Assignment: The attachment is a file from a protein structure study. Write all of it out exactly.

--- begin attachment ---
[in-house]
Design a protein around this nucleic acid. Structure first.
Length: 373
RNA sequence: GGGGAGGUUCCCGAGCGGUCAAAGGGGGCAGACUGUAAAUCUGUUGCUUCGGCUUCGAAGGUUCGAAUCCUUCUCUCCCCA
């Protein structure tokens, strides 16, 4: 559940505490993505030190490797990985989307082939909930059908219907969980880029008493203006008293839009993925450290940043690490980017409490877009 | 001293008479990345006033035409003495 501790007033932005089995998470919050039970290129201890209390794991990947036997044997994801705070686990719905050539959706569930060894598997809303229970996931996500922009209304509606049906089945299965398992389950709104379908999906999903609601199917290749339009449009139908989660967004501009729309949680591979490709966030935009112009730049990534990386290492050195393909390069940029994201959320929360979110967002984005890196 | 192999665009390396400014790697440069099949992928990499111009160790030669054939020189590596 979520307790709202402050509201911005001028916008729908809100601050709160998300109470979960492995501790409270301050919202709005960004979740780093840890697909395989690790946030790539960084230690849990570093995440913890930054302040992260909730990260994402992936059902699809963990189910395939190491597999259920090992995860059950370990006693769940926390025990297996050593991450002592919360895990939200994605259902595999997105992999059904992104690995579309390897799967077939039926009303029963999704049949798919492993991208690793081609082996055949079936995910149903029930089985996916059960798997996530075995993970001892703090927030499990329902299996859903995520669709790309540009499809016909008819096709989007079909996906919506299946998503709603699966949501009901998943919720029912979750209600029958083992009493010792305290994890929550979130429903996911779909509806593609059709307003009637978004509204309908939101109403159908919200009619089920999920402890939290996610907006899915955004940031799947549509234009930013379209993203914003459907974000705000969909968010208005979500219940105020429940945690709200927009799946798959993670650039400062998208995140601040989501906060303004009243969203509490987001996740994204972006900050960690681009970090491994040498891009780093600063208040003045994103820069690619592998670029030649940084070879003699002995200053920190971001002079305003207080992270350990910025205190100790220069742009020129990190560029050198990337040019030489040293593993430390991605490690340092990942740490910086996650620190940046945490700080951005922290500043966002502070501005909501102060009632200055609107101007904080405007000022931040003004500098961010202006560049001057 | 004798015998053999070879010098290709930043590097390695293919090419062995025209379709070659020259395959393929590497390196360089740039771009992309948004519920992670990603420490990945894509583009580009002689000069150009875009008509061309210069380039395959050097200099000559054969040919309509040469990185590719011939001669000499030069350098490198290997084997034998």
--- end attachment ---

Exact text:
[in-house]
Design a protein around this nucleic acid. Structure first.
Length: 373
RNA sequence: GGGGAGGUUCCCGAGCGGUCAAAGGGGGCAGACUGUAAAUCUGUUGCUUCGGCUUCGAAGGUUCGAAUCCUUCUCUCCCCA
């Protein structure tokens, strides 16, 4: 559940505490993505030190490797990985989307082939909930059908219907969980880029008493203006008293839009993925450290940043690490980017409490877009 | 001293008479990345006033035409003495 501790007033932005089995998470919050039970290129201890209390794991990947036997044997994801705070686990719905050539959706569930060894598997809303229970996931996500922009209304509606049906089945299965398992389950709104379908999906999903609601199917290749339009449009139908989660967004501009729309949680591979490709966030935009112009730049990534990386290492050195393909390069940029994201959320929360979110967002984005890196 | 192999665009390396400014790697440069099949992928990499111009160790030669054939020189590596 979520307790709202402050509201911005001028916008729908809100601050709160998300109470979960492995501790409270301050919202709005960004979740780093840890697909395989690790946030790539960084230690849990570093995440913890930054302040992260909730990260994402992936059902699809963990189910395939190491597999259920090992995860059950370990006693769940926390025990297996050593991450002592919360895990939200994605259902595999997105992999059904992104690995579309390897799967077939039926009303029963999704049949798919492993991208690793081609082996055949079936995910149903029930089985996916059960798997996530075995993970001892703090927030499990329902299996859903995520669709790309540009499809016909008819096709989007079909996906919506299946998503709603699966949501009901998943919720029912979750209600029958083992009493010792305290994890929550979130429903996911779909509806593609059709307003009637978004509204309908939101109403159908919200009619089920999920402890939290996610907006899915955004940031799947549509234009930013379209993203914003459907974000705000969909968010208005979500219940105020429940945690709200927009799946798959993670650039400062998208995140601040989501906060303004009243969203509490987001996740994204972006900050960690681009970090491994040498891009780093600063208040003045994103820069690619592998670029030649940084070879003699002995200053920190971001002079305003207080992270350990910025205190100790220069742009020129990190560029050198990337040019030489040293593993430390991605490690340092990942740490910086996650620190940046945490700080951005922290500043966002502070501005909501102060009632200055609107101007904080405007000022931040003004500098961010202006560049001057 | 004798015998053999070879010098290709930043590097390695293919090419062995025209379709070659020259395959393929590497390196360089740039771009992309948004519920992670990603420490990945894509583009580009002689000069150009875009008509061309210069380039395959050097200099000559054969040919309509040469990185590719011939001669000499030069350098490198290997084997034998």